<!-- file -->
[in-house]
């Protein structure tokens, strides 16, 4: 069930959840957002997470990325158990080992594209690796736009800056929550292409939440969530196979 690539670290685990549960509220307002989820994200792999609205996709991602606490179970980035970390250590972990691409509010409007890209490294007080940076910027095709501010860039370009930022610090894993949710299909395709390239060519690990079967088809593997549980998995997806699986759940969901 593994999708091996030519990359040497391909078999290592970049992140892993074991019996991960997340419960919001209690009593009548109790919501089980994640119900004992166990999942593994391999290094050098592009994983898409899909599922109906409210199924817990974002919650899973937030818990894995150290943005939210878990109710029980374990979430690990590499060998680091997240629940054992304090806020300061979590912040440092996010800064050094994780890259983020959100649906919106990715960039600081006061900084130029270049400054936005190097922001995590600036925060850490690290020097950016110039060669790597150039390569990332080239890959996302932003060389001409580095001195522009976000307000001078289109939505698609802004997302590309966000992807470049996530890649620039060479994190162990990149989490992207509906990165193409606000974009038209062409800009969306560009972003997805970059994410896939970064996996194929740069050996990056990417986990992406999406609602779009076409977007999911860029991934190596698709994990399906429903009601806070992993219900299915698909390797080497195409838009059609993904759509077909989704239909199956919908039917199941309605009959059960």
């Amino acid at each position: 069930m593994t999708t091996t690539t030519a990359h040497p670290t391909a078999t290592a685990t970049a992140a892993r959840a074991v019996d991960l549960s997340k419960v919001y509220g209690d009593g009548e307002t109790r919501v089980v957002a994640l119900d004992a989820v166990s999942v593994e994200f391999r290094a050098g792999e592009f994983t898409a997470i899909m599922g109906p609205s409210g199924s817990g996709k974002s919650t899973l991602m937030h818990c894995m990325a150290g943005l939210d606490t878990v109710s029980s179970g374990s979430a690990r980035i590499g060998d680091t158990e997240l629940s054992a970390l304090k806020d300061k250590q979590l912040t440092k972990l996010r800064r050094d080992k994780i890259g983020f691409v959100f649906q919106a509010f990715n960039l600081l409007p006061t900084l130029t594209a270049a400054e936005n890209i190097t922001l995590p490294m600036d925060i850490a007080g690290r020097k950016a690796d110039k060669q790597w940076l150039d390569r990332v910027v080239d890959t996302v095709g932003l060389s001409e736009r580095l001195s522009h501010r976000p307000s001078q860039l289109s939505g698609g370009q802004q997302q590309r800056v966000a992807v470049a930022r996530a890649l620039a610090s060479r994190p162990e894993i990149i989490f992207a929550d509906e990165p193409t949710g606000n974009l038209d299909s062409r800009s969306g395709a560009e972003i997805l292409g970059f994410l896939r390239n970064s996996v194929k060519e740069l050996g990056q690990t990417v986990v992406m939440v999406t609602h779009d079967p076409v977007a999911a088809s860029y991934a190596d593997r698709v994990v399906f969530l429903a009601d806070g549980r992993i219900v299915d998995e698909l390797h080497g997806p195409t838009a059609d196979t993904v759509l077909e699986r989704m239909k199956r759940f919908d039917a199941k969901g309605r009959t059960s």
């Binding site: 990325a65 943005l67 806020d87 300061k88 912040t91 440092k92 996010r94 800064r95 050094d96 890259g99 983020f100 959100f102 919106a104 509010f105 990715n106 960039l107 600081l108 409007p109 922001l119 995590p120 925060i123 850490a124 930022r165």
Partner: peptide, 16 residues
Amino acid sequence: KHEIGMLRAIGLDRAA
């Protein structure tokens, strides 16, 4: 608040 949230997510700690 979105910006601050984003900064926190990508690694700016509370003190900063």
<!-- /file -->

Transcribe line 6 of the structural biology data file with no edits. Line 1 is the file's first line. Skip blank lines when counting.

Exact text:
Amino acid sequence: KHEIGMLRAIGLDRAA